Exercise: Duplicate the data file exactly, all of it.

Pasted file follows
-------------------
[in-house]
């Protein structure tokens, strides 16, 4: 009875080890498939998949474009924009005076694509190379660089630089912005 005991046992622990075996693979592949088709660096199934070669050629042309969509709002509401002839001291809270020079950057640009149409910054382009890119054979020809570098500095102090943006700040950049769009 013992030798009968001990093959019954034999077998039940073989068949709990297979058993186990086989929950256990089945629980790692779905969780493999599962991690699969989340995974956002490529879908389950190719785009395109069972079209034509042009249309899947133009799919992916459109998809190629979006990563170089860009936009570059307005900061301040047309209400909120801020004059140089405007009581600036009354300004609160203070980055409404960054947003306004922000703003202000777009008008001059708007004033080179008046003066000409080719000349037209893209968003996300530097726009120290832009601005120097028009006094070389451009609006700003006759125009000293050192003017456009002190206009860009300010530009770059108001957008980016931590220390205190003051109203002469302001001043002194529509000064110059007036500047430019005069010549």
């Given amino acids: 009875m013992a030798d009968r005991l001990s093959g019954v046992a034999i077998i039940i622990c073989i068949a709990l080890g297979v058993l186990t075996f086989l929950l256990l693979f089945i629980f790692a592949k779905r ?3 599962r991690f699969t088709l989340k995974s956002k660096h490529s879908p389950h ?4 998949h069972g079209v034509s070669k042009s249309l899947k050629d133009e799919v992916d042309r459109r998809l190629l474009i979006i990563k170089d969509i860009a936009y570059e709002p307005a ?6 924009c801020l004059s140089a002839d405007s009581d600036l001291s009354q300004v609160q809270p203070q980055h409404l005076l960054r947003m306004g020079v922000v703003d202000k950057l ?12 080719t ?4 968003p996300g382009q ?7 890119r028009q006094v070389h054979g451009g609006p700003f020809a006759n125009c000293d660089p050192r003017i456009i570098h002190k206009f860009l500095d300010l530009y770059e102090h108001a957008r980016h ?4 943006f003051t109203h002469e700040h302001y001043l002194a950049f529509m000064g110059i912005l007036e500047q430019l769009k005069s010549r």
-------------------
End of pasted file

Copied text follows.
[in-house]
């Protein structure tokens, strides 16, 4: 009875080890498939998949474009924009005076694509190379660089630089912005 005991046992622990075996693979592949088709660096199934070669050629042309969509709002509401002839001291809270020079950057640009149409910054382009890119054979020809570098500095102090943006700040950049769009 013992030798009968001990093959019954034999077998039940073989068949709990297979058993186990086989929950256990089945629980790692779905969780493999599962991690699969989340995974956002490529879908389950190719785009395109069972079209034509042009249309899947133009799919992916459109998809190629979006990563170089860009936009570059307005900061301040047309209400909120801020004059140089405007009581600036009354300004609160203070980055409404960054947003306004922000703003202000777009008008001059708007004033080179008046003066000409080719000349037209893209968003996300530097726009120290832009601005120097028009006094070389451009609006700003006759125009000293050192003017456009002190206009860009300010530009770059108001957008980016931590220390205190003051109203002469302001001043002194529509000064110059007036500047430019005069010549």
């Given amino acids: 009875m013992a030798d009968r005991l001990s093959g019954v046992a034999i077998i039940i622990c073989i068949a709990l080890g297979v058993l186990t075996f086989l929950l256990l693979f089945i629980f790692a592949k779905r ?3 599962r991690f699969t088709l989340k995974s956002k660096h490529s879908p389950h ?4 998949h069972g079209v034509s070669k042009s249309l899947k050629d133009e799919v992916d042309r459109r998809l190629l474009i979006i990563k170089d969509i860009a936009y570059e709002p307005a ?6 924009c801020l004059s140089a002839d405007s009581d600036l001291s009354q300004v609160q809270p203070q980055h409404l005076l960054r947003m306004g020079v922000v703003d202000k950057l ?12 080719t ?4 968003p996300g382009q ?7 890119r028009q006094v070389h054979g451009g609006p700003f020809a006759n125009c000293d660089p050192r003017i456009i570098h002190k206009f860009l500095d300010l530009y770059e102090h108001a957008r980016h ?4 943006f003051t109203h002469e700040h302001y001043l002194a950049f529509m000064g110059i912005l007036e500047q430019l769009k005069s010549r």